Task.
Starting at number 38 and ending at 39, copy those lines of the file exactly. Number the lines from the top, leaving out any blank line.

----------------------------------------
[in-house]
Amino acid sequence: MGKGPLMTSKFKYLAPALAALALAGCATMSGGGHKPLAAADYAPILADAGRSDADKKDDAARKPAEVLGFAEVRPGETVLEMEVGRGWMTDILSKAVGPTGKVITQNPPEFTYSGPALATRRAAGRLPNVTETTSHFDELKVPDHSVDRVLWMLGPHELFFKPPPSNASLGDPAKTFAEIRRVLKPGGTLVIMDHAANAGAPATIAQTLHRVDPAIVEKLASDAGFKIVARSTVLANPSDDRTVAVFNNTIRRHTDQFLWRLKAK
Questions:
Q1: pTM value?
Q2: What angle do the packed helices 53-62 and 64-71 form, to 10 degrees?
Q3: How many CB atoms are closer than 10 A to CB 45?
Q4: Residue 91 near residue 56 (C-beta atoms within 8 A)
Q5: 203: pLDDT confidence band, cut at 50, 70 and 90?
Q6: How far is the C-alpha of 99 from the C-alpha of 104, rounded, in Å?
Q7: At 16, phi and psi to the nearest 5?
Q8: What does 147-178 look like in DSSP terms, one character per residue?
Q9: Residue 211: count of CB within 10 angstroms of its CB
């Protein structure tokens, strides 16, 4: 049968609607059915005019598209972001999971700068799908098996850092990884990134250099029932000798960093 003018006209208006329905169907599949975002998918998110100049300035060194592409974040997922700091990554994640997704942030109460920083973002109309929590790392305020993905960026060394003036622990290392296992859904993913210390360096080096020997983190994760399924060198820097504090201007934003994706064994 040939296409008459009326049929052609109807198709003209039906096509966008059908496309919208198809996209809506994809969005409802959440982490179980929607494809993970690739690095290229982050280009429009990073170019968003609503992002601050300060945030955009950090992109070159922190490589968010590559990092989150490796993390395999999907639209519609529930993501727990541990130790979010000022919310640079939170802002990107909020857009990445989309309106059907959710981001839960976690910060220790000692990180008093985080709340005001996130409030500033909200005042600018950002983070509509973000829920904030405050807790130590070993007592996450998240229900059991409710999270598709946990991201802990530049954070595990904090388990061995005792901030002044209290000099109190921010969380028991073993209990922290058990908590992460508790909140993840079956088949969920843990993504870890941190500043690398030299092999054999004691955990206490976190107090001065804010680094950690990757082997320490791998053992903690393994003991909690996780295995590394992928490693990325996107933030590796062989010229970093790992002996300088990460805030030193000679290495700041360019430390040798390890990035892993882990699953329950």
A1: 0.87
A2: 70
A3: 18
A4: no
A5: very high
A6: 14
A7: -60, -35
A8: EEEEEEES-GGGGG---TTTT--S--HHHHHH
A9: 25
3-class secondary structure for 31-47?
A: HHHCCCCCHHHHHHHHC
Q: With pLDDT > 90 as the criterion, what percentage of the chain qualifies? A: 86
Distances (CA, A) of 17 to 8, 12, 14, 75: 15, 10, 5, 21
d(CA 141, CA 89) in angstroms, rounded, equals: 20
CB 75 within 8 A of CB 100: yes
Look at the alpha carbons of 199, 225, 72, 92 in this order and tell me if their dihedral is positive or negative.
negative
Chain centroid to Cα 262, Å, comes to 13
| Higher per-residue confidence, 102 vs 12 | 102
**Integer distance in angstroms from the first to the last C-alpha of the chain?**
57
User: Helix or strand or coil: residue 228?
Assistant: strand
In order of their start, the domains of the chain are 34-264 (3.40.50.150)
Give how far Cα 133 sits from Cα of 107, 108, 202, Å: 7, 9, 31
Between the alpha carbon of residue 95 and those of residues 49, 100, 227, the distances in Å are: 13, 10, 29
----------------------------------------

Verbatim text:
Give how far Cα 133 sits from Cα of 107, 108, 202, Å: 7, 9, 31
Between the alpha carbon of residue 95 and those of residues 49, 100, 227, the distances in Å are: 13, 10, 29